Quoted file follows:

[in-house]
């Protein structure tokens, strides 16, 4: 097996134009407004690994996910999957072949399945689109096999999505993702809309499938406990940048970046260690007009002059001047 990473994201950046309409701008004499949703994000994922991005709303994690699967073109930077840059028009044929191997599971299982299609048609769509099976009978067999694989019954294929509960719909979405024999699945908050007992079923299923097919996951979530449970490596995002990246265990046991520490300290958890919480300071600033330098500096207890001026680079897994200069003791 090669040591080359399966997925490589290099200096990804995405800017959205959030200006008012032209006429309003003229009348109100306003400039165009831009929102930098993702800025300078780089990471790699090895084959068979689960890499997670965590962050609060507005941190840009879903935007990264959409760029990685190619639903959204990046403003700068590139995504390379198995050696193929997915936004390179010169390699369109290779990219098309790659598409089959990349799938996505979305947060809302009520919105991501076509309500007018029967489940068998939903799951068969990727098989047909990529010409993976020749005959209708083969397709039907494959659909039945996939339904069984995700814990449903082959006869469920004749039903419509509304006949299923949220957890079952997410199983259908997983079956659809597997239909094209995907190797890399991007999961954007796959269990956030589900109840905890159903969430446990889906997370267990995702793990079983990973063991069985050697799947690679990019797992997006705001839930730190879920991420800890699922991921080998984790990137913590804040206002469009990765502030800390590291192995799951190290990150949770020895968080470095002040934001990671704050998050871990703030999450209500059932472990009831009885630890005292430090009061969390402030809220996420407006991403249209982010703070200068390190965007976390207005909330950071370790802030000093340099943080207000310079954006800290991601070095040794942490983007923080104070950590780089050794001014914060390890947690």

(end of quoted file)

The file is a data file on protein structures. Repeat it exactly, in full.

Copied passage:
[in-house]
């Protein structure tokens, strides 16, 4: 097996134009407004690994996910999957072949399945689109096999999505993702809309499938406990940048970046260690007009002059001047 990473994201950046309409701008004499949703994000994922991005709303994690699967073109930077840059028009044929191997599971299982299609048609769509099976009978067999694989019954294929509960719909979405024999699945908050007992079923299923097919996951979530449970490596995002990246265990046991520490300290958890919480300071600033330098500096207890001026680079897994200069003791 090669040591080359399966997925490589290099200096990804995405800017959205959030200006008012032209006429309003003229009348109100306003400039165009831009929102930098993702800025300078780089990471790699090895084959068979689960890499997670965590962050609060507005941190840009879903935007990264959409760029990685190619639903959204990046403003700068590139995504390379198995050696193929997915936004390179010169390699369109290779990219098309790659598409089959990349799938996505979305947060809302009520919105991501076509309500007018029967489940068998939903799951068969990727098989047909990529010409993976020749005959209708083969397709039907494959659909039945996939339904069984995700814990449903082959006869469920004749039903419509509304006949299923949220957890079952997410199983259908997983079956659809597997239909094209995907190797890399991007999961954007796959269990956030589900109840905890159903969430446990889906997370267990995702793990079983990973063991069985050697799947690679990019797992997006705001839930730190879920991420800890699922991921080998984790990137913590804040206002469009990765502030800390590291192995799951190290990150949770020895968080470095002040934001990671704050998050871990703030999450209500059932472990009831009885630890005292430090009061969390402030809220996420407006991403249209982010703070200068390190965007976390207005909330950071370790802030000093340099943080207000310079954006800290991601070095040794942490983007923080104070950590780089050794001014914060390890947690």